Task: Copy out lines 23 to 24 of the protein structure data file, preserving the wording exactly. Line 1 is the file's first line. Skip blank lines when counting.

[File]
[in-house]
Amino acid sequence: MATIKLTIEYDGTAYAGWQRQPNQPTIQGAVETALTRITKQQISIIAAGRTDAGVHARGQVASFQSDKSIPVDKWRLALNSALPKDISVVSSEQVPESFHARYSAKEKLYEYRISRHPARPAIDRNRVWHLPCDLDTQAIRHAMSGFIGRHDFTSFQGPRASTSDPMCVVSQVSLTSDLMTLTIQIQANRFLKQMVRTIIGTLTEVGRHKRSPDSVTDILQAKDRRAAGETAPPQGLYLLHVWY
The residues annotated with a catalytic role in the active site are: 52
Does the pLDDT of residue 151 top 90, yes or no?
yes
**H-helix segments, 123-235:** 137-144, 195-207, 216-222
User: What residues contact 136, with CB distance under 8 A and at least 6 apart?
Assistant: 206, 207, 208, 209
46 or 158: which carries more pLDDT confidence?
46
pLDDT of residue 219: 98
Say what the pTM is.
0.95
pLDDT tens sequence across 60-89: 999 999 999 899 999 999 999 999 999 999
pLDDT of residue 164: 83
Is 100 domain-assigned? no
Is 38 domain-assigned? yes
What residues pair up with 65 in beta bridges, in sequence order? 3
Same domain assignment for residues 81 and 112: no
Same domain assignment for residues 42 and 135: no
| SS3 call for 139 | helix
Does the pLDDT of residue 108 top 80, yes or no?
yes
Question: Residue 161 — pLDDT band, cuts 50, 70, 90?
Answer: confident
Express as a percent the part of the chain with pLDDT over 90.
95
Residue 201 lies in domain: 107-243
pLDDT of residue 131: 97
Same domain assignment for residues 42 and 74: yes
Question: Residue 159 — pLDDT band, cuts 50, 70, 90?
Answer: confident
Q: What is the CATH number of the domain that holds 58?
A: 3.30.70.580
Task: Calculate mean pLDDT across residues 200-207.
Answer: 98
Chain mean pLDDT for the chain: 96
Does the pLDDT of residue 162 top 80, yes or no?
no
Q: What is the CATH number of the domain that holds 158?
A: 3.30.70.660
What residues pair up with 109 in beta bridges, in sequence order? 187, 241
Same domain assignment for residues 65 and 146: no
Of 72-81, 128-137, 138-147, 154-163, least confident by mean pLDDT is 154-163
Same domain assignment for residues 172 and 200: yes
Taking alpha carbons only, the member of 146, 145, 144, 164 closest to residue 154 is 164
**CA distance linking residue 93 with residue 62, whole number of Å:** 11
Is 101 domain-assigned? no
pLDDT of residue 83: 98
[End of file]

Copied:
yes
Question: Residue 161 — pLDDT band, cuts 50, 70, 90?